Partial fraction decomposition

Jan 2010
142
0
I have this \(\displaystyle a_n=\frac{1}{n^2+1} \) and I have to rewrite this to partial fraction decomposition.

like this?

\(\displaystyle \frac{n(x)}{d(x)}= \frac{1}{n}+\frac{1}{n+1} \)
 

skeeter

MHF Helper
Jun 2008
16,216
6,764
North Texas
I have this \(\displaystyle a_n=\frac{1}{n^2+1} \) and I have to rewrite this to partial fraction decomposition.

like this?

\(\displaystyle \frac{n(x)}{d(x)}= \frac{1}{n}+\frac{1}{n+1} \)
\(\displaystyle \frac{1}{n^2+1}\) is not factorable ...

why do you need to perform the partial fraction decomposition?
 
Jan 2010
142
0
\(\displaystyle \frac{1}{n^2+1}\) is not factorable ...

why do you need to perform the partial fraction decomposition?

I have this problem:

Consider \(\displaystyle a_n=\frac{1}{n^2+1}\)

Then,
a.) Rewrite \(\displaystyle a_n \) using partial decomposition.

b.) Using a.) to help show the \(\displaystyle Sum_\infty=1\)

 

skeeter

MHF Helper
Jun 2008
16,216
6,764
North Texas
I have this problem:

Consider \(\displaystyle a_n=\frac{1}{n^2+1}\)

Then,
a.) Rewrite \(\displaystyle a_n \) using partial decomposition.

b.) Using a.) to help show the \(\displaystyle Sum_\infty=1\)

you need to check the problem statement again ...

\(\displaystyle \sum_{n=1}^\infty \frac{1}{n^2+1} \ne 1\)
 

skeeter

MHF Helper
Jun 2008
16,216
6,764
North Texas
That is what it says in the problem...
the problem statement is wrong.

this sum is true ...

\(\displaystyle \sum_1^{\infty} \frac{1}{n(n+1)} = 1\)
 
Jan 2010
142
0
the problem statement is wrong.

this sum is true ...

\(\displaystyle \sum_1^{\infty} \frac{1}{n(n+1)} = 1\)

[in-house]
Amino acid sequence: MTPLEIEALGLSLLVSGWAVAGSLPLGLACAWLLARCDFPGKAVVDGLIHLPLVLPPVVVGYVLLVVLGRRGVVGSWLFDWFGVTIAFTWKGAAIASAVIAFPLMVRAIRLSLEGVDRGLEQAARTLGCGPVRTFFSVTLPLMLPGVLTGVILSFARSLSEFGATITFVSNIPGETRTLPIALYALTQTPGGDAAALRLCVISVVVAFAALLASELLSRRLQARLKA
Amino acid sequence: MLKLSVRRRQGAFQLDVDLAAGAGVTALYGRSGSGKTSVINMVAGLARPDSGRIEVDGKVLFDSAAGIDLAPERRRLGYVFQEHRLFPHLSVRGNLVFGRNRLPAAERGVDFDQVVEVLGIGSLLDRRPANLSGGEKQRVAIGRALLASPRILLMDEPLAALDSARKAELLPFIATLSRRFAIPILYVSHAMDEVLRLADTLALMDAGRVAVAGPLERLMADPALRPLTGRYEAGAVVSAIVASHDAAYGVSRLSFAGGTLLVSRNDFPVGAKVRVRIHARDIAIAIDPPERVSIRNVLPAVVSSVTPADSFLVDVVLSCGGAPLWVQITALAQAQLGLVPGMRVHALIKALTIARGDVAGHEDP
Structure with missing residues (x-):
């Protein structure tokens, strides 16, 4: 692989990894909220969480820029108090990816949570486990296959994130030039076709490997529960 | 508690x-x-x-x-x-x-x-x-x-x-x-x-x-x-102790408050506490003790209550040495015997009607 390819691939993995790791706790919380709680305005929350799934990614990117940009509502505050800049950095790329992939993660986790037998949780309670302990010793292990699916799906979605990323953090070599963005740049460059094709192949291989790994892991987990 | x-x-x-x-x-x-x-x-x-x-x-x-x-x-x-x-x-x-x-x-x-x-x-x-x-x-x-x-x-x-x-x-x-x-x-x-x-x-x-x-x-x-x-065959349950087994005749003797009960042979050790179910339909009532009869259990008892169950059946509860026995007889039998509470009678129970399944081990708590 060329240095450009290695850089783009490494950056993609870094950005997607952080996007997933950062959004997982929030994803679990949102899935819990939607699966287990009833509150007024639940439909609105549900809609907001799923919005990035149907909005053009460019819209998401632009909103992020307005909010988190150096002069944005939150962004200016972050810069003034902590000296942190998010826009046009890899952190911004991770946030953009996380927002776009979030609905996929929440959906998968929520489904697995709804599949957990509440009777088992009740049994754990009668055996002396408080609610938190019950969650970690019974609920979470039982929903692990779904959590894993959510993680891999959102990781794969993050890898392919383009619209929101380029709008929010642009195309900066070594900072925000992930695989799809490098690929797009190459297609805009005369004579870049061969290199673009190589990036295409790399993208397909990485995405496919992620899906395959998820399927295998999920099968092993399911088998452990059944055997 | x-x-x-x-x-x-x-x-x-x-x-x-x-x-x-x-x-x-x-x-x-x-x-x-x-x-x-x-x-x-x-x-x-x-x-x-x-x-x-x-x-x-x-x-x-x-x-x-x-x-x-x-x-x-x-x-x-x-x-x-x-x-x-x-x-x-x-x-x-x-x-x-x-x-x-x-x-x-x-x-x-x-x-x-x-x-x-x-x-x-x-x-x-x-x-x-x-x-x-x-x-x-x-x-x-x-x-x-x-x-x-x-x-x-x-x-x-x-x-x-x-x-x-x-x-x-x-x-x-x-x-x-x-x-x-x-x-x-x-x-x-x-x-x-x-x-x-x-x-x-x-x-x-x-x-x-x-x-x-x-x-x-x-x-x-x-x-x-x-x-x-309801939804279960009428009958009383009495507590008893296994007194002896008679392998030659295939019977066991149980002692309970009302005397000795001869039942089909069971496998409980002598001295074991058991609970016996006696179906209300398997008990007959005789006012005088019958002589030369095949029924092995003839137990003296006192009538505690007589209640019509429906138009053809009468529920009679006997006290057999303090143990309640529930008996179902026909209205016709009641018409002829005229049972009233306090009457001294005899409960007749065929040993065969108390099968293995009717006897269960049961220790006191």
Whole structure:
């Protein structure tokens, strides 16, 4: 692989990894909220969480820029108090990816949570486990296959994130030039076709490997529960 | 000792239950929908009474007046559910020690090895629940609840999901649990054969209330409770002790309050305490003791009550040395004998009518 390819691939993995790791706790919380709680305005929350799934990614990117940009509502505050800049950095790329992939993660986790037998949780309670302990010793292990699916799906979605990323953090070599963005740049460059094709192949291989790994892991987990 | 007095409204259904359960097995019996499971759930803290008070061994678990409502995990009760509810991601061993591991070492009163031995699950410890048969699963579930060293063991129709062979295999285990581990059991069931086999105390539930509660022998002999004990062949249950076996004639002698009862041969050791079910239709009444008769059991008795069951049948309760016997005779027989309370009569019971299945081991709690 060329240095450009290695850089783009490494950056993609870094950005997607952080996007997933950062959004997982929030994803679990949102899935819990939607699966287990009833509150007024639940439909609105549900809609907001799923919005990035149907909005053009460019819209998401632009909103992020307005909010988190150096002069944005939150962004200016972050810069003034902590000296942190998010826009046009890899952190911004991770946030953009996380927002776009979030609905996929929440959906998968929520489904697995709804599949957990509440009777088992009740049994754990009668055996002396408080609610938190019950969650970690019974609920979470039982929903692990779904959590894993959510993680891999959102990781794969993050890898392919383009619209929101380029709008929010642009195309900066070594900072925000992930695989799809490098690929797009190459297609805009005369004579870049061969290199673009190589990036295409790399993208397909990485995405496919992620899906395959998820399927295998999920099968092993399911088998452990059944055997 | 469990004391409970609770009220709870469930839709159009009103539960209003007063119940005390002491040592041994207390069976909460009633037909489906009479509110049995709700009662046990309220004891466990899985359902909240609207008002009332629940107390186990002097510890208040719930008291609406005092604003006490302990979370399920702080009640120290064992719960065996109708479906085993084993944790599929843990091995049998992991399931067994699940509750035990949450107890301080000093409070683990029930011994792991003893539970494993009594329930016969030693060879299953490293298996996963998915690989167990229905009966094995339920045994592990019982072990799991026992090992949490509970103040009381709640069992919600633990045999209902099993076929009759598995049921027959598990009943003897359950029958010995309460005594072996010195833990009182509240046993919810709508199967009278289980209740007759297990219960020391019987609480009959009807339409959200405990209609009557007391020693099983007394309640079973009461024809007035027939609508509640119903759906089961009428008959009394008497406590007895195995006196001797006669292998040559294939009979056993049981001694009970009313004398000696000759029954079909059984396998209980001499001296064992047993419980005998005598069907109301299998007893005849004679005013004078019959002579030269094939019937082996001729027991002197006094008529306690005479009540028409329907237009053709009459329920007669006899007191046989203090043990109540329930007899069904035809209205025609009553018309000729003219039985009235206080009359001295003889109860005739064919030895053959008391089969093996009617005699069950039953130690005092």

I see thanks... did you use telescoping series?


still having problem rewriting it to partial fraction decomposition...
 

skeeter

MHF Helper
Jun 2008
16,216
6,764
North Texas
I see thanks... did you use telescoping series?


still having problem rewriting it to partial fraction decomposition...
yes

\(\displaystyle \frac{1}{n(n+1)} = \frac{A}{n} + \frac{B}{n+1}\)

\(\displaystyle 1 = A(n+1) + Bn\)

let \(\displaystyle n = -1\) ... \(\displaystyle B = -1\)

let \(\displaystyle n = 0\) ... \(\displaystyle A = 1\)

\(\displaystyle \frac{1}{n(n+1)} = \frac{1}{n} - \frac{1}{n+1}\)
 
Jan 2010
142
0
yes

\(\displaystyle \frac{1}{n(n+1)} = \frac{A}{n} + \frac{B}{n+1}\)

\(\displaystyle 1 = A(n+1) + Bn\)

let \(\displaystyle n = -1\) ... \(\displaystyle B = -1\)

let \(\displaystyle n = 0\) ... \(\displaystyle A = 1\)

\(\displaystyle \frac{1}{n(n+1)} = \frac{1}{n} - \frac{1}{n+1}\)
I'm sorry i got wrong equation. but it should be the same... its \(\displaystyle a_n=\frac{1}{(n^2+n)} \)

i look it up and it was the same... thanks!
 
Last edited:

skeeter

MHF Helper
Jun 2008
16,216
6,764
North Texas
I'm sorry i got wrong equation. but it should be the same... its \(\displaystyle a_n=\frac{1}{(n^2+n)} \)

i look it up and it was the same... thanks!
... and you are very welcome.
 
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